Will the Trump Administration Roll Back Recent Federal Fuel Economy Standards?

The still-new Trump Administration is moving ahead on its initiative to roll back federal fuel-economy requirements which would have otherwise forced automakers to significantly increase fuel efficiency for all cars and trucks made/sold in America. You may recall this was a major directive from former President Barack Obama’s global warming slow down strategy.

Well, it turns out that the United States Environmental Projection Agency (EPA) is very close to announcing the reversal of the latest decision, from the last few days of Obama’s presidency, which would lock in very strict mileage requirements for cars and light trucks from now to 2025. Indeed, automakers have requested that EPA Administrator Scott Pruitt should discard the Jan 13 enactment that requires all cars should have real-world efficiency figures of 36 miles to the gallon.

Automakers argue that this adjustment would add several thousand dollars to the price of a new car and could cost the US auto industry at least one million jobs.

In a Feb 21 letter to Pruitt, the Alliance of Automobile Manufacturers (a group which represents the likes of General Motors, Ford, Toyota, and more than a half dozen others) said that this Jan. 13 decision on fuel economy “may be the single most important decision that EPA has made in recent history.” The alliance then went on to urge Pruitt should reconsider the proposal, which the group warns would “depress an industry that can ill-afford spiraling regulatory costs.”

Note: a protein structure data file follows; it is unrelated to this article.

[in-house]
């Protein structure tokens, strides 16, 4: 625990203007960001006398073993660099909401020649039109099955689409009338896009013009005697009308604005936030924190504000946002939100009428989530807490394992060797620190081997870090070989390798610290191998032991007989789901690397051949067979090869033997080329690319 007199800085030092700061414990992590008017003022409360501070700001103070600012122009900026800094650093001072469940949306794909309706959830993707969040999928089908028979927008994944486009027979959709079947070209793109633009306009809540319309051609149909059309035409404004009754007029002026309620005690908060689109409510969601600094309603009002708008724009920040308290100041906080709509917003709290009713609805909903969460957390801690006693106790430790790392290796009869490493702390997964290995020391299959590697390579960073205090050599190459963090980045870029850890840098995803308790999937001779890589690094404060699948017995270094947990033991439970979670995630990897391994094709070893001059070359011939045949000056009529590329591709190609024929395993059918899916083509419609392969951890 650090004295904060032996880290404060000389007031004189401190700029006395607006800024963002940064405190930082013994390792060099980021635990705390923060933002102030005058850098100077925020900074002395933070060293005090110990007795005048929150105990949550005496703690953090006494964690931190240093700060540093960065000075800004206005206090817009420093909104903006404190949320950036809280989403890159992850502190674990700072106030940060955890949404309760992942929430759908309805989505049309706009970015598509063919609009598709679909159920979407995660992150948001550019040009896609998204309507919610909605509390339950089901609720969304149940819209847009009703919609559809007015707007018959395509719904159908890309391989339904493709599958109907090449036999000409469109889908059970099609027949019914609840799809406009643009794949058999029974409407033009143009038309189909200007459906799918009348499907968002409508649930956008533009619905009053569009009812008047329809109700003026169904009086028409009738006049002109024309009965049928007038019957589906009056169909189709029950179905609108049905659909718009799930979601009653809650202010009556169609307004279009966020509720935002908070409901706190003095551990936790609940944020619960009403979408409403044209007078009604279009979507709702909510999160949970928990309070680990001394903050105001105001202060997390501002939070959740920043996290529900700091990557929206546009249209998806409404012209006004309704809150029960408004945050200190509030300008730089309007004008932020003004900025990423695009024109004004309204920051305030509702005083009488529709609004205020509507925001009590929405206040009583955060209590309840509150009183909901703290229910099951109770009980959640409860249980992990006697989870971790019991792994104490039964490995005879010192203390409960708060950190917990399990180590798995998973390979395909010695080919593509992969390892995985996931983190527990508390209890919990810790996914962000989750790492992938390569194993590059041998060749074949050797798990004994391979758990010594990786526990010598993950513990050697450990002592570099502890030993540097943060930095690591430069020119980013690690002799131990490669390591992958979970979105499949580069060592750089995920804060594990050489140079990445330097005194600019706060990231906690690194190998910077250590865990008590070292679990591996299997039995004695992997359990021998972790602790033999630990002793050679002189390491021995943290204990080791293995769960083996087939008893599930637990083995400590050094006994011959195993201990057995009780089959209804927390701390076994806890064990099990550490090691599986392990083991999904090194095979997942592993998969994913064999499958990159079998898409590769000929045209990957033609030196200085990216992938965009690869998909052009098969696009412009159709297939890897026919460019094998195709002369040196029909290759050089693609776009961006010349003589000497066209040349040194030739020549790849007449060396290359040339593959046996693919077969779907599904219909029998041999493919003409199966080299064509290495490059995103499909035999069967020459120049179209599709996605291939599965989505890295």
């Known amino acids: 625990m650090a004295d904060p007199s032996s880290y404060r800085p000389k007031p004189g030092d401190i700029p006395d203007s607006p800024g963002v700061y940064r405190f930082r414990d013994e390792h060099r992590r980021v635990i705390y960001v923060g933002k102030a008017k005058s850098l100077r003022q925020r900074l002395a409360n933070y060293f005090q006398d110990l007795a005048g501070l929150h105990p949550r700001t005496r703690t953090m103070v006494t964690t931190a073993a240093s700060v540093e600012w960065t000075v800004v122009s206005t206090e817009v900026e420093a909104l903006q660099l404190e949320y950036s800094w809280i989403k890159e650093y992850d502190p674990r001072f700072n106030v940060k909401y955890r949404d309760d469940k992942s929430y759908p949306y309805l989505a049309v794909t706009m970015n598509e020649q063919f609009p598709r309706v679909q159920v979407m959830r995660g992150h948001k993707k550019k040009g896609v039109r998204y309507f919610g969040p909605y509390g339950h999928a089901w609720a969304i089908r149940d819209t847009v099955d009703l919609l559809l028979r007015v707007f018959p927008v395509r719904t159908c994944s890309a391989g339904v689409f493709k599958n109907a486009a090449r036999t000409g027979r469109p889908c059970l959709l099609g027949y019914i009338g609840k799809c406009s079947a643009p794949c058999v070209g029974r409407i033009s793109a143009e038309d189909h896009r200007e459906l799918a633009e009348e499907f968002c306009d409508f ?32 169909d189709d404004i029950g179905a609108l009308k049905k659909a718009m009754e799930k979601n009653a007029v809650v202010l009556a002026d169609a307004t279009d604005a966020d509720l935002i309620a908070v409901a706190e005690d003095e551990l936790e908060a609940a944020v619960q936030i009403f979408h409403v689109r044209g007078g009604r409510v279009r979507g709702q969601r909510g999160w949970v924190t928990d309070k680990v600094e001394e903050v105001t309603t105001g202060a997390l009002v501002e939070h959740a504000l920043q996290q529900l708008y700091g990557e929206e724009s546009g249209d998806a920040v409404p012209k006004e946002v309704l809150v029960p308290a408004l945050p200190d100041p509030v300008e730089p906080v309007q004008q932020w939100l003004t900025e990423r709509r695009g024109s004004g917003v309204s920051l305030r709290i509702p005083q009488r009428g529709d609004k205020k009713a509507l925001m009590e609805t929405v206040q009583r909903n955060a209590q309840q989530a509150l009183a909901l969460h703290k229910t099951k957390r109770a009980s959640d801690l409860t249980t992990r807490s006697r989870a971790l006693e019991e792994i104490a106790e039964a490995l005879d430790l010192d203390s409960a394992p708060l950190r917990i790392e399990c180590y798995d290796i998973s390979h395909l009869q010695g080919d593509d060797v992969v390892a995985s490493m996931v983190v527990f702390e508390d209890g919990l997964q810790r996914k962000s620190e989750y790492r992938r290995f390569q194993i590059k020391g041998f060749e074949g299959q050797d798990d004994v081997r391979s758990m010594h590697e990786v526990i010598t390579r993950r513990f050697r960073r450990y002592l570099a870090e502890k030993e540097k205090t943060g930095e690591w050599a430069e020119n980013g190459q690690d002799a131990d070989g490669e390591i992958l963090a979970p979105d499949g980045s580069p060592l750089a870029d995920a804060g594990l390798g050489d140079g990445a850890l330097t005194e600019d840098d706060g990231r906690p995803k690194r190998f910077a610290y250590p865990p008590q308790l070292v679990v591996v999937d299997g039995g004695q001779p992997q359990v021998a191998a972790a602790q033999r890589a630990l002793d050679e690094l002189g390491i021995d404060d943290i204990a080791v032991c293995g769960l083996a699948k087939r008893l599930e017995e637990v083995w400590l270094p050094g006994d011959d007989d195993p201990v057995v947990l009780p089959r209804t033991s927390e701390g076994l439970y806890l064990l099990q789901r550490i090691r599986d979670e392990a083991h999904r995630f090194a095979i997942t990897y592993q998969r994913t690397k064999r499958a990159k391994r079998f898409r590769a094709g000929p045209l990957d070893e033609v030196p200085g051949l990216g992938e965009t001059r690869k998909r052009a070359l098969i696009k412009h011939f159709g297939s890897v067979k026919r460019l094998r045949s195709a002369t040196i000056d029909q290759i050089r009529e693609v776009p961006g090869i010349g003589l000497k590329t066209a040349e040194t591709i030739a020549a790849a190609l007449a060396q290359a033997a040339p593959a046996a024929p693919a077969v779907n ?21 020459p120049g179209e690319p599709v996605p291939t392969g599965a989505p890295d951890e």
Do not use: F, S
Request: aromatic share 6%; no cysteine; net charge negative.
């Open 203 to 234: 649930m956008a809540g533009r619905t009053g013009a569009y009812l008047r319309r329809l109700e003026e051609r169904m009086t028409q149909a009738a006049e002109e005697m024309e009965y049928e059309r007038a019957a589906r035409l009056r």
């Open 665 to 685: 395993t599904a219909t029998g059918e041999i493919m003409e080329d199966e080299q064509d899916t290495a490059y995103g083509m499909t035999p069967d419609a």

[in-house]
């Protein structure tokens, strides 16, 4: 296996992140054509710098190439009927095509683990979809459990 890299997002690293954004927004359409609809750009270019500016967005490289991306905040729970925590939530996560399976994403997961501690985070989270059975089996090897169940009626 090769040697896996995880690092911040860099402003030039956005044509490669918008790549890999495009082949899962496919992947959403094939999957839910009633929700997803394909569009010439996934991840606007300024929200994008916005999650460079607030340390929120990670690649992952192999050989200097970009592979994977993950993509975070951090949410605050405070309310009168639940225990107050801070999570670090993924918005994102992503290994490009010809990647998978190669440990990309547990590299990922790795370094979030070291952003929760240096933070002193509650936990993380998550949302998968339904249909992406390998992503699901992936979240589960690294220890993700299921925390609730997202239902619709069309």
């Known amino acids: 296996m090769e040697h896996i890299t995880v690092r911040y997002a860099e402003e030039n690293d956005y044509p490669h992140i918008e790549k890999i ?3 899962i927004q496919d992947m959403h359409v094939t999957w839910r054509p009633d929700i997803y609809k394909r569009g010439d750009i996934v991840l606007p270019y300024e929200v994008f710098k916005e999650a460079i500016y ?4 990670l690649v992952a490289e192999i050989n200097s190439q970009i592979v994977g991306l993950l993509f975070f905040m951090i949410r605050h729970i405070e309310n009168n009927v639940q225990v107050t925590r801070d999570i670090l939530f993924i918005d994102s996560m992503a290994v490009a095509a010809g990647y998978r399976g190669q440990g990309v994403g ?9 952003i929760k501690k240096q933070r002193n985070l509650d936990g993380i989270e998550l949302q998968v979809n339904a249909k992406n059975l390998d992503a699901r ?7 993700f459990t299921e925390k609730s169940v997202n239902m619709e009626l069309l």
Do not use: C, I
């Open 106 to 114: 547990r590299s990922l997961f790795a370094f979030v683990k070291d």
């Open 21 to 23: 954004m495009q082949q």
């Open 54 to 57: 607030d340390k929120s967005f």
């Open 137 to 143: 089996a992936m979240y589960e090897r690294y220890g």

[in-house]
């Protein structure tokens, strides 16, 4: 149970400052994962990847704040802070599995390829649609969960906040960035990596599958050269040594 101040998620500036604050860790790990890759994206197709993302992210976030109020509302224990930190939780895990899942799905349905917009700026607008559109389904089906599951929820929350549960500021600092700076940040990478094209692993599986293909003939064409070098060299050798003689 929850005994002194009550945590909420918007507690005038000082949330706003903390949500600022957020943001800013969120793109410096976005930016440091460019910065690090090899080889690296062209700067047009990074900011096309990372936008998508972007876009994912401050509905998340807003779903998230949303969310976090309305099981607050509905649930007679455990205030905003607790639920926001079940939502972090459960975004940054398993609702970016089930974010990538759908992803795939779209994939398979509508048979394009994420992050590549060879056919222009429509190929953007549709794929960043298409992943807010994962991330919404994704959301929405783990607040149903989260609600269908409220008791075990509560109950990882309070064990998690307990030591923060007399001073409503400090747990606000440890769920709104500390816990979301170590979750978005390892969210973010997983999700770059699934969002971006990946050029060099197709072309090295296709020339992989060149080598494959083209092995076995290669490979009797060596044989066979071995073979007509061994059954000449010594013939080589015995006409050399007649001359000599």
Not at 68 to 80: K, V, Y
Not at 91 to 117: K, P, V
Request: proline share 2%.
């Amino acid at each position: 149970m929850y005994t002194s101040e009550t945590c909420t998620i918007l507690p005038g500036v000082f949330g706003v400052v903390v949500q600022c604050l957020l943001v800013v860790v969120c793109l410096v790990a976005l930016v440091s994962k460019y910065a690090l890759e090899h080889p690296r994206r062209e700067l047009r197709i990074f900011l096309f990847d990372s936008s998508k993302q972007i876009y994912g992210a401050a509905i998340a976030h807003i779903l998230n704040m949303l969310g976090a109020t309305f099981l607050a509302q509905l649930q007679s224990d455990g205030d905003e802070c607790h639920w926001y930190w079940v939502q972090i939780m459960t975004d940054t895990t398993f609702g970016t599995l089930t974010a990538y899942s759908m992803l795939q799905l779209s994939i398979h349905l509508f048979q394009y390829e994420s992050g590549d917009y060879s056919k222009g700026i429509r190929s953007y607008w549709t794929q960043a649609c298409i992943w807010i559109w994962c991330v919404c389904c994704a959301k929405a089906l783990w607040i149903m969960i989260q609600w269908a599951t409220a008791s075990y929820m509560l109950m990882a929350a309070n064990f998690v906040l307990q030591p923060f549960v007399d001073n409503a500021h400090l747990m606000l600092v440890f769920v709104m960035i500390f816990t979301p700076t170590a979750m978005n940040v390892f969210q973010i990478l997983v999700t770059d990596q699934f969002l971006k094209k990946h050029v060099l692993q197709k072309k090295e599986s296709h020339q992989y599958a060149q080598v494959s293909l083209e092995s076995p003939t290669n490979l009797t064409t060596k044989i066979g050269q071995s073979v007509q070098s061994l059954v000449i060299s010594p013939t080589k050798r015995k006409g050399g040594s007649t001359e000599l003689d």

Sen. Edward Markey, D-Mass is among those who has long pushed for higher fuel standards. He, and other Democratic senators, continue to criticize the EPA review. He warrants: ‚ÄúPresident Trump is waging a war on the environment, and he wants EPA Administrator Scott Pruitt to make our strong fuel economy emissions standards his latest victim. Undoing the fuel efficiency standards would harm consumers, weaken our energy security and increase global warming pollution.”

The trade group, though, also contends that the original decision did not account for lower fuel prices which has helped sustain American consumer love for gas-guzzling big trucks and SUVs. When the standards had been originally conceived, fuel was about $3.60 per gallon of regular unleaded, on average. Now, that same gallon is about $2.28. In addition, more than half of new vehicles sold in the US, in 2012, was a car, but last year, six out of 10 vehicles sold in the US is either a truck or an SUV.

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